The minimum wage was created to ensure that U.S. workers earn the compensation needed to maintain a minimum standard of living that protects the health and well-being of each worker. The minimum wage no longer ensures a worker affordable housing and a stable standard of living.

More and more cities and states are adopting higher minimum wages to increase citizens’ standard of living. Minnesota raised it’s minimum wage to $9.00 statewide for large employers – which is set to increase to $9.50 on August 1st of this year. Workers in the City of Minneapolis are hoping for a larger hike.

A report released yesterday by the Midwest Economic Policy Institute (MEPI), A Minimum-Wage Worker Cannot Afford a Modest Apartment: Evidence from Illinois, Minnesota, Wisconsin, Indiana, and Iowa, finds that full-time, minimum-waged workers in Hennepin County must earn $15.63 an hour to afford a modest one-bedroom apartment. Thus, $15 an hour for Minneapolis would help low-wage workers afford rent.

MW_MN Continue reading “The Fight for $15 Moves to Minneapolis”

Minimum-Wage Workers Cannot Afford One-Bedroom Apartments in the Midwest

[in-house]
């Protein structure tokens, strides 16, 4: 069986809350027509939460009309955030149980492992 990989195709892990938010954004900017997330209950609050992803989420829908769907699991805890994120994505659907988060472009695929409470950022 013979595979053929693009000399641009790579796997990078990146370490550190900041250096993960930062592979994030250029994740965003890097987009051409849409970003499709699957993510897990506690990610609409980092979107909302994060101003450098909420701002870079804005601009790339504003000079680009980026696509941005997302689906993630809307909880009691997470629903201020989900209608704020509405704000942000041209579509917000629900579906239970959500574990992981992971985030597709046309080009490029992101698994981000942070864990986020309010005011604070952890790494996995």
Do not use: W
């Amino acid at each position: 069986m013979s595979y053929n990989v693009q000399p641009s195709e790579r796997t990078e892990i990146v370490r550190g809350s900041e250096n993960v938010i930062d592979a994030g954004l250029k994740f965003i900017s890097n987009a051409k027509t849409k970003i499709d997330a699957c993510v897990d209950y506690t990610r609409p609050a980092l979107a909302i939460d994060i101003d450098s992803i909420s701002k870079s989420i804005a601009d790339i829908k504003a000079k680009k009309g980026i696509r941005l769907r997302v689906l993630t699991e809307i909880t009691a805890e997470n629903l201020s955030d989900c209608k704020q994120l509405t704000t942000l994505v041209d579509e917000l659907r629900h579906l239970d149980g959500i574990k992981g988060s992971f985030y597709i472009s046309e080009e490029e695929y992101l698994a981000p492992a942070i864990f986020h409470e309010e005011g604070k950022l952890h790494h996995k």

A minimum-wage employee working full time cannot afford a modest one-bedroom apartment in Illinois, Minnesota, Wisconsin, Indiana, or Iowa. In all five Midwestern states, the minimum wage should be at least $10.00 an hour.

Continue reading “Minimum-Wage Workers Cannot Afford One-Bedroom Apartments in the Midwest”

Wisconsin State Journal: “$100k A Year for Road Flaggers” Claim is Nonsense

The Wisconsin State Journal recently debunked claims that a road flagger earning the state’s prevailing wage takes home over $100,000 a year.

Continue reading “Wisconsin State Journal: “$100k A Year for Road Flaggers” Claim is Nonsense”

Weakening Prevailing Wage Hurts Local Contractors

A case study from Southern Indiana demonstrates how weakening prevailing wage negatively impacts local contractors and local workers.

Continue reading “Weakening Prevailing Wage Hurts Local Contractors”

Unions Help Create Safe Jobs

“Unions are critical in the push for stronger safety and health protections and to keep the protections workers have—making sure that profits are not put ahead of working people’s right to provide for their families and return home alive, in one piece and not burdened with lifelong illness. Unions will keep winning for working people.” – Rebecca L. Reindel & M.K. Fletcher